It’s amazing how many different types of fungi you can find in a small area. During a quiet period last week volunteers took the chance to have a look at the fungi growing around the path to the Observation Room and tried to identify them. The easiest species to find and identify was the Collared Earthstar (Geastrum triplex), which was growing in the nutrient rich leaf litter under the trees lining the path. This fungus releases its spores by splitting open into its characteristic star-like shape, exposing the round spore sac in the middle which will release spores upon impact, e.g. from raindrops.
Collared Earthstar (courtesy Anne Guichard)
Two other fungi of interest were found growing in the leaf litter, using dead wood as a substrate. One of these was the Wood Woolly-foot (Collybia peronata), which is aptly named due to the dense woolly hairs which cover the base of the stalk (or stipe to use the correct anatomical term!). The other fungus we believe to be the Funeral Bell (Galerina marginata), although any other identifications would be welcome. This is classed as dangerously poisonous, so best to stay away from that one!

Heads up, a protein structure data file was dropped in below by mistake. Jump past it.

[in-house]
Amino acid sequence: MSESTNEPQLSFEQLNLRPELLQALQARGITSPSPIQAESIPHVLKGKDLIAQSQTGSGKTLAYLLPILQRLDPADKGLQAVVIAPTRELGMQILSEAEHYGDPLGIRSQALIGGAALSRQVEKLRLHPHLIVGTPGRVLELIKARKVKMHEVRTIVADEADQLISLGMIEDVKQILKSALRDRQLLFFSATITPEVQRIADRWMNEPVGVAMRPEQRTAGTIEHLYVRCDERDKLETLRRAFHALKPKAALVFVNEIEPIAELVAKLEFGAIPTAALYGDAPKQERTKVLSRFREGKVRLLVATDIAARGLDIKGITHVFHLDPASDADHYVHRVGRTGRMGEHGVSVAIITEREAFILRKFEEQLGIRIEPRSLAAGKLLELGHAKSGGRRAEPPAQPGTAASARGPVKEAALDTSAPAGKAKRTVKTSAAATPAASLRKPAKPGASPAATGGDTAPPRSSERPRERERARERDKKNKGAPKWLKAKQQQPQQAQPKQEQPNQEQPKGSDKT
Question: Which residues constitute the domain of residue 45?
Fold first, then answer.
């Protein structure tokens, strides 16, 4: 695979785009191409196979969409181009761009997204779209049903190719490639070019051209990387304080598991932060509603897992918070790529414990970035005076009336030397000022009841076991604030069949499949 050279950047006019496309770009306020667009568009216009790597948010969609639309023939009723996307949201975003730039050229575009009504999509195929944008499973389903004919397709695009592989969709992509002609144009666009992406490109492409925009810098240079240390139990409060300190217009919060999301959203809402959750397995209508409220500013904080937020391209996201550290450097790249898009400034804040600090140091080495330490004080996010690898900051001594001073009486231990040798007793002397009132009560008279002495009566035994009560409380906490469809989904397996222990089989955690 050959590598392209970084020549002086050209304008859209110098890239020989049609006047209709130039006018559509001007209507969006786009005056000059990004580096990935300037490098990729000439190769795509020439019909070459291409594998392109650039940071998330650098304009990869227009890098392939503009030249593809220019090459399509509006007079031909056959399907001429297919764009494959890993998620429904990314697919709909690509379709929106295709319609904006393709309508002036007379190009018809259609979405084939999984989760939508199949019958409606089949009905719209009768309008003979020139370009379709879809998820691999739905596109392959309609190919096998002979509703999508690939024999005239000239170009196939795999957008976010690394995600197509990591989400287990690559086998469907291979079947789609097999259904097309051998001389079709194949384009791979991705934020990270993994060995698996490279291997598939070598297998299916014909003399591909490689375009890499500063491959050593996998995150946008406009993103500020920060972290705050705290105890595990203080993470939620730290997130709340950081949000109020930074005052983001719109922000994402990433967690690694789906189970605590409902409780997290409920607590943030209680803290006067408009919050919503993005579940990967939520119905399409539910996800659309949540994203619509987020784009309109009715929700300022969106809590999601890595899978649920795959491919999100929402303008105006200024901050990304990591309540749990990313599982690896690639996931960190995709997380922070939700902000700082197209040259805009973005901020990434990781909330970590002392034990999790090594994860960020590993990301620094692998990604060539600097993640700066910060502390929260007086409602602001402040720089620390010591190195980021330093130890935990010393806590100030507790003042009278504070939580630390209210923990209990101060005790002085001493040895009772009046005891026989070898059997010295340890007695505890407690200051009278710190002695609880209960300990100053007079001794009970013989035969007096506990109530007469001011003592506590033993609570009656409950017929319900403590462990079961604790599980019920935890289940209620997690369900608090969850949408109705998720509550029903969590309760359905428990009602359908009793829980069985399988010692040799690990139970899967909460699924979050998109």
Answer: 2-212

Lastly, we also looked at a fungus which has been growing on the tops of the railway sleepers that line the path to the Observation Room. These fungi are Common Rustgills (Gymnopilus penetrans), which are often found clustered on decaying wood, and again are inedible.
Now remember folks, only 24 hours until the reserve shuts for the redevelopments at lunchtime on 31st January. However, the Roadside Hide will remain open until further notice.
Hope to see you soon, or in September in the new facilities!
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